Plumage Color Influences Choice of Mates and Sex of Chicks in Gouldian Finches, Erythrura gouldiae

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The three color morphs of Gouldian finches, Erythrura gouldiae.

Image: Sarah Pryke, Macquarie University.

Gouldian finches, Erythrura gouldiae, are small cavity-nesting passerines that are endemic to open savannahs adjacent to mangrove swamps in northern Australia. These finches eat a variety of native grass seeds, but to meet the increased energetic and nutritional demands of rearing chicks, they primarily eat insects when breeding. Gouldian finches are social birds that typically occur in large flocks in the wild. Invasive species, disease and habitat destruction have dramatically reduced their population so there currently are fewer than 2500 individuals remaining in the wild. But these beautiful birds are popular avicultural subjects so there is an active conservation and captive breeding program designed to preserve them.

Gouldian finches are known by a variety of common names; the Lady Gouldian Finch, Gould's Finch, or as the Rainbow Finch. Both sexes of this weaver-finch (family: Estrildidae) are strikingly colored with an olive green back and wings, a sharply pointed black tail, lemon yellow belly, purple breast, and a pale blue outline around their brightly colored heads. These birds were once thought to be three separate subspecies because of their distinct color polymorphisms, or "morphs" that occur naturally in the wild population.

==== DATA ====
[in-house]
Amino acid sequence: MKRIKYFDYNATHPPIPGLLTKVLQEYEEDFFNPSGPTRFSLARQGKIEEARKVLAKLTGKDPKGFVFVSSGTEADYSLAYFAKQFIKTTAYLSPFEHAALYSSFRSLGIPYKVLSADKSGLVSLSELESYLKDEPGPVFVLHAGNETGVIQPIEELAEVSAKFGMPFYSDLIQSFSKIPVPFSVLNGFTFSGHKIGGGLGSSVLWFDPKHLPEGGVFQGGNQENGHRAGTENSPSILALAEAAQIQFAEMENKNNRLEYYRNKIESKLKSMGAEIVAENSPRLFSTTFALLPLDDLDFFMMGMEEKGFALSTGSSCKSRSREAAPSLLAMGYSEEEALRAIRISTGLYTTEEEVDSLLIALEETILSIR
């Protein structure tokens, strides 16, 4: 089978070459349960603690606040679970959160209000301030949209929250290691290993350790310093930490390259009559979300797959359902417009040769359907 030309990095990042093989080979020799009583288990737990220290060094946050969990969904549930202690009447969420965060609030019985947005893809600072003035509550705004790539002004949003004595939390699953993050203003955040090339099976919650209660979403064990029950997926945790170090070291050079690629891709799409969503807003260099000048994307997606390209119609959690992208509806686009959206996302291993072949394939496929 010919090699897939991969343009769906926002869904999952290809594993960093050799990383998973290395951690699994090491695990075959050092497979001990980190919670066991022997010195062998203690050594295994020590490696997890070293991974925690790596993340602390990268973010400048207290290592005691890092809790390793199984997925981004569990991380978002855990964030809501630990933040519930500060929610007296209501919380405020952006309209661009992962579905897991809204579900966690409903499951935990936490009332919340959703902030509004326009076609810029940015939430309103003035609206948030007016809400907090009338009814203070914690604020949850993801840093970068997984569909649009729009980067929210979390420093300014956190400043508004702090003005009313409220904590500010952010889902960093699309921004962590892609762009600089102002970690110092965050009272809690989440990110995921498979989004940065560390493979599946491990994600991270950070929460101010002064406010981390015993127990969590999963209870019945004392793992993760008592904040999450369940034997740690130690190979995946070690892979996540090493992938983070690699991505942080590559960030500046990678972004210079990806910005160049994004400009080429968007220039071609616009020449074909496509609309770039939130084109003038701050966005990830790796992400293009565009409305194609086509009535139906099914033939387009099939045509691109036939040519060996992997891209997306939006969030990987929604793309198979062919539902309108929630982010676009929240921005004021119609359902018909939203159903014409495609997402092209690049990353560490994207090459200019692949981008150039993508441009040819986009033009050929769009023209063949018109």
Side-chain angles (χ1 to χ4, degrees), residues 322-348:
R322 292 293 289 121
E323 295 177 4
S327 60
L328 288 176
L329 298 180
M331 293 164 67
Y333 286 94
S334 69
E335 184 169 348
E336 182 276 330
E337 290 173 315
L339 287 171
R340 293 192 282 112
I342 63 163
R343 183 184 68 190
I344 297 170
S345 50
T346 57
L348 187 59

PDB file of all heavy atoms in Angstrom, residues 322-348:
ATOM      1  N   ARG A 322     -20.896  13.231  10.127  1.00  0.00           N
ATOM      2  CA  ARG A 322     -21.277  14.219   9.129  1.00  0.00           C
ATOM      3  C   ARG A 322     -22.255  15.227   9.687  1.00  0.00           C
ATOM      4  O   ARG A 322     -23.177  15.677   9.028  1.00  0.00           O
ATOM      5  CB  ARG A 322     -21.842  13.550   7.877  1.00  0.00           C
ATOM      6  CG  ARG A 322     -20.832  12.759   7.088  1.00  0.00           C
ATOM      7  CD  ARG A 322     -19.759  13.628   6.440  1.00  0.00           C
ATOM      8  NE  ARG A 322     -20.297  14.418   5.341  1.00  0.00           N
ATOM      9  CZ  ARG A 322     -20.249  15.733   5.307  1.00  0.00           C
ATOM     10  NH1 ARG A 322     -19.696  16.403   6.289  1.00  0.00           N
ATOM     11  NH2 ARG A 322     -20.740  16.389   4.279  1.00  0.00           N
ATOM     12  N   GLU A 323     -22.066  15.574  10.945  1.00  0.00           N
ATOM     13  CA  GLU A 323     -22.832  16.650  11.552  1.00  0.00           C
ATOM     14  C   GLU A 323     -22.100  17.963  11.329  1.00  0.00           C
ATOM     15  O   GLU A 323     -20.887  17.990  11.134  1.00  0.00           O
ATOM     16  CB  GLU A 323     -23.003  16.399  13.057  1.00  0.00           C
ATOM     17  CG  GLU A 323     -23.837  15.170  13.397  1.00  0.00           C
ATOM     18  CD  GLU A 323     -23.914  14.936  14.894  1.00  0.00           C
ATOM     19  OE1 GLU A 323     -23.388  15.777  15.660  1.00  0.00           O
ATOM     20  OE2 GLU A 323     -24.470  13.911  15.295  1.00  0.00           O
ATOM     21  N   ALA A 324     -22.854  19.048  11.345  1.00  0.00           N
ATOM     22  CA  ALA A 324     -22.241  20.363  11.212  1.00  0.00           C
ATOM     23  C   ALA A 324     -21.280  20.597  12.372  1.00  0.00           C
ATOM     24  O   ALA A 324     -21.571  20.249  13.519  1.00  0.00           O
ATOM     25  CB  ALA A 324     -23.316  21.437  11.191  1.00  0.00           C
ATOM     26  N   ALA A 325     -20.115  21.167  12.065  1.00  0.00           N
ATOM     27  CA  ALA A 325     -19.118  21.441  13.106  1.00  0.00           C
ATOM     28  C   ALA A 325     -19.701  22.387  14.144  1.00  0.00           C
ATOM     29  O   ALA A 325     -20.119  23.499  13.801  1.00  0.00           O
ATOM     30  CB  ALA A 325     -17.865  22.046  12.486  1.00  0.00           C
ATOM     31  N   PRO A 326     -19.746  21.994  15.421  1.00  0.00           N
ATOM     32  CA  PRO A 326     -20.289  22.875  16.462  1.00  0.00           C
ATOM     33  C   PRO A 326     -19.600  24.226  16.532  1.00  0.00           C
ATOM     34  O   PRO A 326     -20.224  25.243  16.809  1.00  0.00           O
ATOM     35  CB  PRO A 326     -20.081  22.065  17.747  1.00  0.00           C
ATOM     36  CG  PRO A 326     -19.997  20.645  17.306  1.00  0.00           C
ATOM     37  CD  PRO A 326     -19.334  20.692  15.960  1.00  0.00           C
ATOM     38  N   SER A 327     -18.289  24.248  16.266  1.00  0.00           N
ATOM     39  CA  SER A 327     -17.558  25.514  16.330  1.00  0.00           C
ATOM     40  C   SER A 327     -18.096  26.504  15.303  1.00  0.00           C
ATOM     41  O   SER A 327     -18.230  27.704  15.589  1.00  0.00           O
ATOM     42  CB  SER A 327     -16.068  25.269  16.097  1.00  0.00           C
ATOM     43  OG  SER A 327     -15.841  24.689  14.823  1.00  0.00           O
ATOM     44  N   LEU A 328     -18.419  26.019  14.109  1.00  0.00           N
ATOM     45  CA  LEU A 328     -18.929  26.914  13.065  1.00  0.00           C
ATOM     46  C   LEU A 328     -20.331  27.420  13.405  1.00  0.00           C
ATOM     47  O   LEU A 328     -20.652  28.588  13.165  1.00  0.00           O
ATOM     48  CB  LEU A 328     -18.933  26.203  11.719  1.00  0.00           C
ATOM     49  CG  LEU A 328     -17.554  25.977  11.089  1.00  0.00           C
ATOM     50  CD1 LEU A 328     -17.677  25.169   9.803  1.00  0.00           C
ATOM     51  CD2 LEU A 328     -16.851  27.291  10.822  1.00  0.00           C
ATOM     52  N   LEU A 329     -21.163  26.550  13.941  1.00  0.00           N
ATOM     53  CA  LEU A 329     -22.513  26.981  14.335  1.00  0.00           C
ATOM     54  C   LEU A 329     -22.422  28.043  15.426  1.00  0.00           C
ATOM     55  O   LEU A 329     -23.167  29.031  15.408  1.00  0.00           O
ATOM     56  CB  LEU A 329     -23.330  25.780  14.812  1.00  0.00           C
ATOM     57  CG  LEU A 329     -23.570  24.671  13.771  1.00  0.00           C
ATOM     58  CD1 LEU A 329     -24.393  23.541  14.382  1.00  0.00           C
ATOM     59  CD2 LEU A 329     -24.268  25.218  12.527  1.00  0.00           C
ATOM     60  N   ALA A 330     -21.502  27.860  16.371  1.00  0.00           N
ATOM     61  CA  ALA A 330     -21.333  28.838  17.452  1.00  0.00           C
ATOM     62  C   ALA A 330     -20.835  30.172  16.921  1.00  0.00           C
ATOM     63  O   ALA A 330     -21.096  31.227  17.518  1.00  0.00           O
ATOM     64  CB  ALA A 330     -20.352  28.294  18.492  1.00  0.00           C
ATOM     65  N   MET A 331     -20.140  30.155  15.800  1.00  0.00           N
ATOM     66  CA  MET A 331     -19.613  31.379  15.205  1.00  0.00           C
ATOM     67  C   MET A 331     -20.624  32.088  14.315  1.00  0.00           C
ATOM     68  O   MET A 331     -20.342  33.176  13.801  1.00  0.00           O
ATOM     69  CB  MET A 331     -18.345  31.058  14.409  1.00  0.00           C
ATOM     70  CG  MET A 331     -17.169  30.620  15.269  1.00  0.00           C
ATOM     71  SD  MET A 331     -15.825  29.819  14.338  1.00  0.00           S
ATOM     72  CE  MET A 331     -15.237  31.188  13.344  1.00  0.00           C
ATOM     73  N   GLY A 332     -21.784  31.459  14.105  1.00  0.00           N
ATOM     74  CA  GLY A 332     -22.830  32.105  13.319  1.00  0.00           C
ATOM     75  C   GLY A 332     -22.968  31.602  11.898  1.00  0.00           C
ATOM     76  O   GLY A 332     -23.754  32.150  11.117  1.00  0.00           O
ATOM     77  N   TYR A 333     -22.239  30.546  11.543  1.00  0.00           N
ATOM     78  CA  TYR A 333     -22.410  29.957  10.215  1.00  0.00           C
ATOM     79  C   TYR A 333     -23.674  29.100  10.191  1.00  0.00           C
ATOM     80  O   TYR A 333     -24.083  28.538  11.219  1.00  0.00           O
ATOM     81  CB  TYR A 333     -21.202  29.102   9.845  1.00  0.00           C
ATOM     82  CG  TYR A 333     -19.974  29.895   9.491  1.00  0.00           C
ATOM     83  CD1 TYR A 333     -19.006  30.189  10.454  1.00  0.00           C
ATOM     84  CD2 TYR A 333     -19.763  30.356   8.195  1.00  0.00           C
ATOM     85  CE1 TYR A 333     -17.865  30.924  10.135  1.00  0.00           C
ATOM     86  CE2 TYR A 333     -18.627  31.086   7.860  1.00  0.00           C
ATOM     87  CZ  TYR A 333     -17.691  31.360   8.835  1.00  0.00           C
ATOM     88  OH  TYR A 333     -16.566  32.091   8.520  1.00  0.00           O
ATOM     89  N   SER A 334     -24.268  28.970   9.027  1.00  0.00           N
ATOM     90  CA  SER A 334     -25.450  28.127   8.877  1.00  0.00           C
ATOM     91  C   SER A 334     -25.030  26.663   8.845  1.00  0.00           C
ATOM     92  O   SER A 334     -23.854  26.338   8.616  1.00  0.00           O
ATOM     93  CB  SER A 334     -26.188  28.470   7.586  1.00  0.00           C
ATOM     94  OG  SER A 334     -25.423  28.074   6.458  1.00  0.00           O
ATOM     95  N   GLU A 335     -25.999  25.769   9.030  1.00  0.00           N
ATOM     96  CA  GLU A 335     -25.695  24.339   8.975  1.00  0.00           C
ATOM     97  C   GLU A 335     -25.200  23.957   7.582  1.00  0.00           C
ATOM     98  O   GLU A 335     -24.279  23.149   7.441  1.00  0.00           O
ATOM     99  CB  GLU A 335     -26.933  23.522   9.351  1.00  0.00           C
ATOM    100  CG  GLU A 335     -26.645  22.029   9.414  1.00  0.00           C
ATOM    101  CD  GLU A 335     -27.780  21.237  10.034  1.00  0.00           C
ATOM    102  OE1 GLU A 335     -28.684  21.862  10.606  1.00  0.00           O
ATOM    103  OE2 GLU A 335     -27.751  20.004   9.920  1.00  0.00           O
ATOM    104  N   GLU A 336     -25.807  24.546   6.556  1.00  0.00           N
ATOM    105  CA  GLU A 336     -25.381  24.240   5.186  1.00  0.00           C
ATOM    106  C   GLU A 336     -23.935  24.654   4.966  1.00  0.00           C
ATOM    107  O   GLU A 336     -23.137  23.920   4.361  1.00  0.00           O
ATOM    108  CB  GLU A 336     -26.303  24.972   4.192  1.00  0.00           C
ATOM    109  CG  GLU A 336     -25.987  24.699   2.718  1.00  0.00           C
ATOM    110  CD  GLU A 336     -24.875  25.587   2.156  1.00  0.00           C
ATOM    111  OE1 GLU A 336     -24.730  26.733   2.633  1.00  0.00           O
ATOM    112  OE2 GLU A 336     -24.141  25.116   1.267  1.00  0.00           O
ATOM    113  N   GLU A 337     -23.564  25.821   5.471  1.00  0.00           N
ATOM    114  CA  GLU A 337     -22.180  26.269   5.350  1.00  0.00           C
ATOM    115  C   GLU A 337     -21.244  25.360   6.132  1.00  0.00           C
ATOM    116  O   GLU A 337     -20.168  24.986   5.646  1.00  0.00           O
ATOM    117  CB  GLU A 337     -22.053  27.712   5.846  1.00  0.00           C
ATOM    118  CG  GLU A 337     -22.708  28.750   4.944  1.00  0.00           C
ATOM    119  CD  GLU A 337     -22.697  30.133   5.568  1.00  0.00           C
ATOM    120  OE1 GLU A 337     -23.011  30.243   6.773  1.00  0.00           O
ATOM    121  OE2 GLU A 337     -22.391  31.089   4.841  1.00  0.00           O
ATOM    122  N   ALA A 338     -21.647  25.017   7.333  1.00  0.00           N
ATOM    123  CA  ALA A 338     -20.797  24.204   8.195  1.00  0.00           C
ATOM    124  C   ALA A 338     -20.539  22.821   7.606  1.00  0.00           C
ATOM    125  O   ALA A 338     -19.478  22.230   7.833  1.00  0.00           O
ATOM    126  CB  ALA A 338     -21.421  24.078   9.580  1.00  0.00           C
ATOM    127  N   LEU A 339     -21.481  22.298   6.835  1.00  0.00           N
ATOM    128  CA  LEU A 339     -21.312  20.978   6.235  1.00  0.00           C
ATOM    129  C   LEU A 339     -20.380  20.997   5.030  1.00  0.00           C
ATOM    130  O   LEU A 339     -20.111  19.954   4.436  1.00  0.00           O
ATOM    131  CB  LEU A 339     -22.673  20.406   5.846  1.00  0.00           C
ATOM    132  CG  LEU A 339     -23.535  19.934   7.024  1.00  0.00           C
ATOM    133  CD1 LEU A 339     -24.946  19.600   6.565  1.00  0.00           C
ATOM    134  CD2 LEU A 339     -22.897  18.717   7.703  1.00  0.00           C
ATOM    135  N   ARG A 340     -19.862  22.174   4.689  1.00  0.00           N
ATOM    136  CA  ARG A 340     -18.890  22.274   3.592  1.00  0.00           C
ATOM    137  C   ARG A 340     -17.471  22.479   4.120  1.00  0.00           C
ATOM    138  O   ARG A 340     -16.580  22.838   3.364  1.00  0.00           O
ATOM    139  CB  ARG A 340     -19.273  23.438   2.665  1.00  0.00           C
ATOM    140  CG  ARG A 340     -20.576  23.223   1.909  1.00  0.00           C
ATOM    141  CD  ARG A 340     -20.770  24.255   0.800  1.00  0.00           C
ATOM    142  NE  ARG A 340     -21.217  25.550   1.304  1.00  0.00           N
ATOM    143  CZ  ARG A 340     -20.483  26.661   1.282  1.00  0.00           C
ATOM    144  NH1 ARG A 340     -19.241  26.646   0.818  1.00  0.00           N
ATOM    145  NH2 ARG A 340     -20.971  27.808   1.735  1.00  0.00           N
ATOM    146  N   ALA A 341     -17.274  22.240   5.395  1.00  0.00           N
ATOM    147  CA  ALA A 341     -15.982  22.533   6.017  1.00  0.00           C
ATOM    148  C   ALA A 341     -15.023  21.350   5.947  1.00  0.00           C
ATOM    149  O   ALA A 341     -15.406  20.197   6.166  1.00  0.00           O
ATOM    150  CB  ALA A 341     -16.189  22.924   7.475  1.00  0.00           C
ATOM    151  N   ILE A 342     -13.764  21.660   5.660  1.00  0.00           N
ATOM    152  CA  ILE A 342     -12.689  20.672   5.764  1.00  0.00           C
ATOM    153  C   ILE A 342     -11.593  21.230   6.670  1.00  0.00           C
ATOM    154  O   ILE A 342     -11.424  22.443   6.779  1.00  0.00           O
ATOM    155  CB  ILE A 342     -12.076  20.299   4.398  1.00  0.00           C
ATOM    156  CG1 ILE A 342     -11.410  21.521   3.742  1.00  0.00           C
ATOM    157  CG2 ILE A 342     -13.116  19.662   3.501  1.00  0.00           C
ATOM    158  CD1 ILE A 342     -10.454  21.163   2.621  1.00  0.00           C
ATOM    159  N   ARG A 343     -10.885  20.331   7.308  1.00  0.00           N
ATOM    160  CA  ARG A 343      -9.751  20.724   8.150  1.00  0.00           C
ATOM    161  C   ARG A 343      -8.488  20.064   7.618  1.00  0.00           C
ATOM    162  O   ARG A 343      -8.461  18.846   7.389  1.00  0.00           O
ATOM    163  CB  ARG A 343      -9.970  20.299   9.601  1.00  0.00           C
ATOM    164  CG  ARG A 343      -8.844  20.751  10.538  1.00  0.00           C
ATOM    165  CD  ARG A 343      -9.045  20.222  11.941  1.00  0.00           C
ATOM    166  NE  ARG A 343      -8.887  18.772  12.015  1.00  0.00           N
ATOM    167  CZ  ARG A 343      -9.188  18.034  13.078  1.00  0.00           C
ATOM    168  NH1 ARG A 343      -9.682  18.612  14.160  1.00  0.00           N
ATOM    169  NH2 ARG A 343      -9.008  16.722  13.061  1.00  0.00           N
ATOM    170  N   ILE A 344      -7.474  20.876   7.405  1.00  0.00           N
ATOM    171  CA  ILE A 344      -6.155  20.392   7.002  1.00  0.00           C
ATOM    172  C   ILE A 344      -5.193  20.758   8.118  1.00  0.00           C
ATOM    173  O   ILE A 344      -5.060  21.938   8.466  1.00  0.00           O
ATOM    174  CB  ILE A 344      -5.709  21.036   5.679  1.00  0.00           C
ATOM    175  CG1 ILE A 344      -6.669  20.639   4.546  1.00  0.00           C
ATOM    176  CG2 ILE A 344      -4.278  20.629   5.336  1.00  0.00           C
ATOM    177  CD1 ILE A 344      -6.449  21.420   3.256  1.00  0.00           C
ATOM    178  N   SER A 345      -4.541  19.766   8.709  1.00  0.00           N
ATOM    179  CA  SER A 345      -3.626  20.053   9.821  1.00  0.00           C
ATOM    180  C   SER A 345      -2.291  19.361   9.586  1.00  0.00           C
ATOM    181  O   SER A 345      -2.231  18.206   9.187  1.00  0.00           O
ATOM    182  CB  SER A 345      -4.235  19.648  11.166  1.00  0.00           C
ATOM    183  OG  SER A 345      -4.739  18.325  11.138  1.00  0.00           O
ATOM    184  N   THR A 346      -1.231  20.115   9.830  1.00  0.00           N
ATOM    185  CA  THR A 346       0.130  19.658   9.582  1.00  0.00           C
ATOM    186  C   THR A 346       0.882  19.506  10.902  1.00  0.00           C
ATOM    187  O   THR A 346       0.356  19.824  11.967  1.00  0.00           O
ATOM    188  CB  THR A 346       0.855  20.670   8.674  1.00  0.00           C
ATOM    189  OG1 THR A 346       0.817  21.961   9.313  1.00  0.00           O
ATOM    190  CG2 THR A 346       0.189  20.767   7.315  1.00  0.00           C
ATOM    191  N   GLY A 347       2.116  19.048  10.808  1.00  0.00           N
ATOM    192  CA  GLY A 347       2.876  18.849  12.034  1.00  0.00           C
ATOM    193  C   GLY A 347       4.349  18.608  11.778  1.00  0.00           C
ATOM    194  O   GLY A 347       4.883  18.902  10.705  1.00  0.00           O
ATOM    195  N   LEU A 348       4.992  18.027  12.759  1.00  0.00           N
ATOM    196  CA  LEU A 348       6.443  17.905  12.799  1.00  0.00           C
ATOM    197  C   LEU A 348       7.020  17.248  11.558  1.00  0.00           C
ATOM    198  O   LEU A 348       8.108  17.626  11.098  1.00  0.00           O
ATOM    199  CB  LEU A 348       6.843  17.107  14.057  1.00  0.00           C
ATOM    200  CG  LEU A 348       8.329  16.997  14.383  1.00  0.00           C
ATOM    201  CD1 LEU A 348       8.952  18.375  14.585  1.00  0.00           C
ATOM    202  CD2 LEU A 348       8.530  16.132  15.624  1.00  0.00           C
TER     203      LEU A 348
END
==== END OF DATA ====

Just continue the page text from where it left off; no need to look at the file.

"These colorful native birds have three possible head colors -- red, yellow and black," observed Dr. Sarah Pryke, a behavioral ecologist at Macquarie University in Sydney, Australia.

The plumage colors of these birds' heads is a genetic trait, with red being dominant to yellow, which is partially dominant to black. Further, red and black head colors are a sex-linked trait in Gouldian finches, and because birds have ZZ/Zw chromosomal sex determination, only the males (ZZ) can have two genes for red head color (homozygous), while females (Zw) can only ever have one gene for red head color (hemizygous). In contrast, yellow head color is an autosomal recessive trait, but is only ever fully expressed when the bird carries one copy of the red gene. In the absence of the red gene, birds that are homozygous for the yellow autosomal trait will have black heads and yellow-tipped beaks instead of the typical red-tipped beak.